Old NASA Data Finally Explains Jupiter's Magnetic Moon Ganymede
As exciting as brand-new discoveries are, some of the most amazing finds are discovered when scientists look back on data (or artifacts) that never got the attention they deserved—like the data from the Kepler telescope that may still contain new exoplanets, or the creepy Shigir idol that was revealed to have a hidden animal face carved in it 100 years after it was discovered.
What makes Ganymede special is that it has its own magnetosphere, like Earth and Jupiter.
When it was discovered, this was a major find—no known moon in our solar system had a magnetic field like Ganymede, and no one expected them to.
Not only that— Ganymede had strangely bright auroras and a very strange, horn-shaped magnetosphere (as opposed to a more spherical one).
These discoveries were made by the Galileo satellite, which did a number of flybys on Jupiter and Ganymede, including one voyage that took it straight through a phenomenon called magnetic reconnection, caused by "the tangling and snapping of magnetic field lines."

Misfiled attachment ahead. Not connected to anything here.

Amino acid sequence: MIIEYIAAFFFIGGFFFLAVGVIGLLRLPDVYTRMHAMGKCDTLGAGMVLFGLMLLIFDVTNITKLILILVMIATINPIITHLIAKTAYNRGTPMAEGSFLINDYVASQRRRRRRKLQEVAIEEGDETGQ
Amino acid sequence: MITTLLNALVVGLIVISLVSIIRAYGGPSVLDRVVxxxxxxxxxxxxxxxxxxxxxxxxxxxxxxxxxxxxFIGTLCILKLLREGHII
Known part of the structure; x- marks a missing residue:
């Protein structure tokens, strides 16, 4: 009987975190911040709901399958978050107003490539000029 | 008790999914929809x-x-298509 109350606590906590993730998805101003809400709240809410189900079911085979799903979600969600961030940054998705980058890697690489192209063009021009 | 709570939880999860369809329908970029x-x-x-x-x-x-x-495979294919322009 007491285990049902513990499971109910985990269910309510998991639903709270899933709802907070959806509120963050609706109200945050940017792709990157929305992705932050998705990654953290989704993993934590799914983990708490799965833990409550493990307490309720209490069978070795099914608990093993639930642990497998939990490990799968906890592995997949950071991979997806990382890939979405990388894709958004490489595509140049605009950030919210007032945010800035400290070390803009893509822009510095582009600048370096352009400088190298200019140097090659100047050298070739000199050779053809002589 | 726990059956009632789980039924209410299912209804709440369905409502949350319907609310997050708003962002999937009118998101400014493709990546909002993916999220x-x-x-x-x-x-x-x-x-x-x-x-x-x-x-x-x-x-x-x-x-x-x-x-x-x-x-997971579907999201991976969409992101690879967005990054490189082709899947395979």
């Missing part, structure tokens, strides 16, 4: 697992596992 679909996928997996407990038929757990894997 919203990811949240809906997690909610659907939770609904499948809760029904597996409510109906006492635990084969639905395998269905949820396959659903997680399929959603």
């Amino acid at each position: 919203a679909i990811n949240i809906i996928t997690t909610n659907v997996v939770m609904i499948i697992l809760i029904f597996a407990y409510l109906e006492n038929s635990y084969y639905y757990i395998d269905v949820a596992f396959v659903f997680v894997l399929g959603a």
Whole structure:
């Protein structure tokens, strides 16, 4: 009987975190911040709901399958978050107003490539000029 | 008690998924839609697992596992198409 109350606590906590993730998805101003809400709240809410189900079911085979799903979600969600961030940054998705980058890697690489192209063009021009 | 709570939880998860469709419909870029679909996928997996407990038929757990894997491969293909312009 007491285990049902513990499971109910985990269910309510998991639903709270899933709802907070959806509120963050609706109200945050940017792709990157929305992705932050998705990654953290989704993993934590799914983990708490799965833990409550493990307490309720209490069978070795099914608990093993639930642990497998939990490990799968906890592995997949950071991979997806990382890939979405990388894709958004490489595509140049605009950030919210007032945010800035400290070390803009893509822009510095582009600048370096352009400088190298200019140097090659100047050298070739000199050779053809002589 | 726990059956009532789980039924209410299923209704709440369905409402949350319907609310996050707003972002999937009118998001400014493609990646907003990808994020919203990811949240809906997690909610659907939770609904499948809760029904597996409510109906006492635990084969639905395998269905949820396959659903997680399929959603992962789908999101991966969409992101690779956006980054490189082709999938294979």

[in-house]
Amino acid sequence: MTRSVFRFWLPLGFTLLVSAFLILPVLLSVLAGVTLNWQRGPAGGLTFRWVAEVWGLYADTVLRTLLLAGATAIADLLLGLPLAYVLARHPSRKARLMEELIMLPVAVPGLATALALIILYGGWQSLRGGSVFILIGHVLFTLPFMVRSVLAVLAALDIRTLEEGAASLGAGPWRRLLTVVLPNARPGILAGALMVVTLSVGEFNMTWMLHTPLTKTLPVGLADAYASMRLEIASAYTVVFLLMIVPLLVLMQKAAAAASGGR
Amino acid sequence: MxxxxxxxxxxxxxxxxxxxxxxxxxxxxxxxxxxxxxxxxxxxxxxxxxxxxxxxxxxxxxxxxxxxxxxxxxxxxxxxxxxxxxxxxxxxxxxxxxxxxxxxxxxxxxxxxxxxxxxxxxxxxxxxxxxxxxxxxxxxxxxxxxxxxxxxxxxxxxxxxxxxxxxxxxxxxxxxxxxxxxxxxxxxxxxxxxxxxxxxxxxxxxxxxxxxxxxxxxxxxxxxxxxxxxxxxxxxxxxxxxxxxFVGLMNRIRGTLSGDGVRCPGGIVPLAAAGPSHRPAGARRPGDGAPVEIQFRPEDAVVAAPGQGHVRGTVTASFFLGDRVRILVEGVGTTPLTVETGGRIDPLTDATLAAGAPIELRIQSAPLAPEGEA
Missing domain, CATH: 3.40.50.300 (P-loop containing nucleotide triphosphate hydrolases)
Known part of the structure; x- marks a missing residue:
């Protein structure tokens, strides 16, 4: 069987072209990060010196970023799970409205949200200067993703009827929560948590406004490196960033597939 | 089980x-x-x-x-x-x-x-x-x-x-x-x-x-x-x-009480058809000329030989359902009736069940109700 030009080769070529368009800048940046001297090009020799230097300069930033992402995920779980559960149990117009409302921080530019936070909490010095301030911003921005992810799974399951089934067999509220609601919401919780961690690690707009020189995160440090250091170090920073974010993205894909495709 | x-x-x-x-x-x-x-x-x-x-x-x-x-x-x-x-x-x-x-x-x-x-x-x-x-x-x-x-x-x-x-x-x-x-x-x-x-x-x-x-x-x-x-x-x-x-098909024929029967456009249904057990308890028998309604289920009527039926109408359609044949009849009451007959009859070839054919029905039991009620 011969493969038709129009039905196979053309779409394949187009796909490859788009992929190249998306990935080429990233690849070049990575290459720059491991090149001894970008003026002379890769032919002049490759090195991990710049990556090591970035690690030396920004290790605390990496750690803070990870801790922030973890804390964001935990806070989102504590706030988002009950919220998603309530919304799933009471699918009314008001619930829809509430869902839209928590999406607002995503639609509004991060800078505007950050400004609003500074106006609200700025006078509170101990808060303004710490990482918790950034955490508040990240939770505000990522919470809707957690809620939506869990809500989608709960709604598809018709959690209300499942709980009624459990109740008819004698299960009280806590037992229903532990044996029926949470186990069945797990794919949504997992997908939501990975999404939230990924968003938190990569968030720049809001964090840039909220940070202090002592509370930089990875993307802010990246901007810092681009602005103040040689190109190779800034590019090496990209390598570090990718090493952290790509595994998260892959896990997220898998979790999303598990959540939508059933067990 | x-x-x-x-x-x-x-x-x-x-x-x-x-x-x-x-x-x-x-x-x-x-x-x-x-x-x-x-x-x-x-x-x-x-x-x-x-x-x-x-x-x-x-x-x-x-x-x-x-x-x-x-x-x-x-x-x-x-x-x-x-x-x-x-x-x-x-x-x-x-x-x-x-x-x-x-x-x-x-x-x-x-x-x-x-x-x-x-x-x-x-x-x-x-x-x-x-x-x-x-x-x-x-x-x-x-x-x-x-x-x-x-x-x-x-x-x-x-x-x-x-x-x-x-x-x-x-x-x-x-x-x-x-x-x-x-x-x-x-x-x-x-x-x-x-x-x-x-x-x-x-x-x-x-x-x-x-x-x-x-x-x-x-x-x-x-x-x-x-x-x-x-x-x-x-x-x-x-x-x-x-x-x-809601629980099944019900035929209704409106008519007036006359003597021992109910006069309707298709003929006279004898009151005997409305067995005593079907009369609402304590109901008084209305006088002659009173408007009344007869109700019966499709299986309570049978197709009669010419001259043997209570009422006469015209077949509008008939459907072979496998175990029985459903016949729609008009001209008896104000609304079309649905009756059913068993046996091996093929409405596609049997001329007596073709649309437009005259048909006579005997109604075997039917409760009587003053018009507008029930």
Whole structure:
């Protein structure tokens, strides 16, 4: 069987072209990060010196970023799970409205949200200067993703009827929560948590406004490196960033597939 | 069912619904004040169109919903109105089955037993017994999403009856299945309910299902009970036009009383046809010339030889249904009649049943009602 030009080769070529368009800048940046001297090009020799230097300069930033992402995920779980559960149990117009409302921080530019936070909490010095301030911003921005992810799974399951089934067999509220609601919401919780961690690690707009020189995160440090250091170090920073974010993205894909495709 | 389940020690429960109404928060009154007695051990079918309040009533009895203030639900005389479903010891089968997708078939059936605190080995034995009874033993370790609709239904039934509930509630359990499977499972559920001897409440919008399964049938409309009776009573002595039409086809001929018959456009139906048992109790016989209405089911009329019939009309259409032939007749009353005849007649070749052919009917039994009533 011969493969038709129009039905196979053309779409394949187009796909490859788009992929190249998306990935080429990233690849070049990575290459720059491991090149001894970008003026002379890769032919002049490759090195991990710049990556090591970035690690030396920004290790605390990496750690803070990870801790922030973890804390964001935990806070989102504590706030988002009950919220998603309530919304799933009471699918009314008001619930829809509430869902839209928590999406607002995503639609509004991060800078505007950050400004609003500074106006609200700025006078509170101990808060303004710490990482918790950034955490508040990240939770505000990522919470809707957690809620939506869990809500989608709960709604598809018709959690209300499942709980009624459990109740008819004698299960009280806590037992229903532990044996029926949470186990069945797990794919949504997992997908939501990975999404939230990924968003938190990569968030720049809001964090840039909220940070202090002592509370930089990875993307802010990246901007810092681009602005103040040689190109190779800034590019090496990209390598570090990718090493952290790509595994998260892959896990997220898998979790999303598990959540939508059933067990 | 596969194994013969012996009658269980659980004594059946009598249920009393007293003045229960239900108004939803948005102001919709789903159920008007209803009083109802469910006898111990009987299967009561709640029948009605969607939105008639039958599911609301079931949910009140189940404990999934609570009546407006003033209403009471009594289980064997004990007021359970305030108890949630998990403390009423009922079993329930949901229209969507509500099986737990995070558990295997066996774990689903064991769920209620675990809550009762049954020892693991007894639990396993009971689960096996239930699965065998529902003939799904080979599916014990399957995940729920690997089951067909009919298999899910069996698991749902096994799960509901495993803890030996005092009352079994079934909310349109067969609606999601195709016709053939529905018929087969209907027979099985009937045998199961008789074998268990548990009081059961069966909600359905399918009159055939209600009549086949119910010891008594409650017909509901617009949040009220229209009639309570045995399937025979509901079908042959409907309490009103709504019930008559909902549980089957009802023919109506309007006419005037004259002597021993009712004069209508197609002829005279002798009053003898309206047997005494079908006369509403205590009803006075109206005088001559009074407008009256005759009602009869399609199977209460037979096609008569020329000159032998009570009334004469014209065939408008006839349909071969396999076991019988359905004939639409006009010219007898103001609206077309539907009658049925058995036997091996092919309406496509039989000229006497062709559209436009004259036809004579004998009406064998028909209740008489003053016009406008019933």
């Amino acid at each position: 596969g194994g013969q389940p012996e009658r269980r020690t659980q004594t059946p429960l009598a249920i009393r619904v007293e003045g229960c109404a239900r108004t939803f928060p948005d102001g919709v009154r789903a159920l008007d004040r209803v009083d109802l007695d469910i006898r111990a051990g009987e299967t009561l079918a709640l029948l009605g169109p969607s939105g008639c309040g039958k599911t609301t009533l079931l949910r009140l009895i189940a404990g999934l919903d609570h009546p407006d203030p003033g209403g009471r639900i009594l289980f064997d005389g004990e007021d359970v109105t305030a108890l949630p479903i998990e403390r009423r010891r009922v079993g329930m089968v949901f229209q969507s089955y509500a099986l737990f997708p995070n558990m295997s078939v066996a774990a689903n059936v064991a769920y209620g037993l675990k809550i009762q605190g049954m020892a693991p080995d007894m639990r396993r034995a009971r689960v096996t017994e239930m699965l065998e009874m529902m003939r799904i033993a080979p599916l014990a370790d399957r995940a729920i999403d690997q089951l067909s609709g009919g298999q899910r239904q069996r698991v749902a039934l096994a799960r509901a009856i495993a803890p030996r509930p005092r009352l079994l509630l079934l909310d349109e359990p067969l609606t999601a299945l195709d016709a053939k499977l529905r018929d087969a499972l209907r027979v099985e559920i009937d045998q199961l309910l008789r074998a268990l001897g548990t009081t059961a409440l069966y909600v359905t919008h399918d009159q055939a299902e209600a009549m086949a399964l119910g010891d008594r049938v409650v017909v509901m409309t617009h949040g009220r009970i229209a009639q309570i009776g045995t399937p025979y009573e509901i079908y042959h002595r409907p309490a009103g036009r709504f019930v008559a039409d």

While it was there, Galileo also saw huge strings of plasma (which is excited, electrically charged gas) passing between Ganymede and Jupiter.
These plasma flows are at the heart of the newly unearthed discoveries about Ganymede.
Looking at the Galileo info again, scientists were able to paint a new picture of Ganymede that involves plasma rain falling on the moon's icy poles and "an explosive magnetic event" happening between Jupiter and Ganymede's magnetospheres.
With this in mind, it looks like Ganymede is a much more dynamic, tumultuous place than we previously thought.
Considering it's got a thin atmosphere and a lot of magnetic...issues going on, Io is probably a better candidate for space colonization anyway.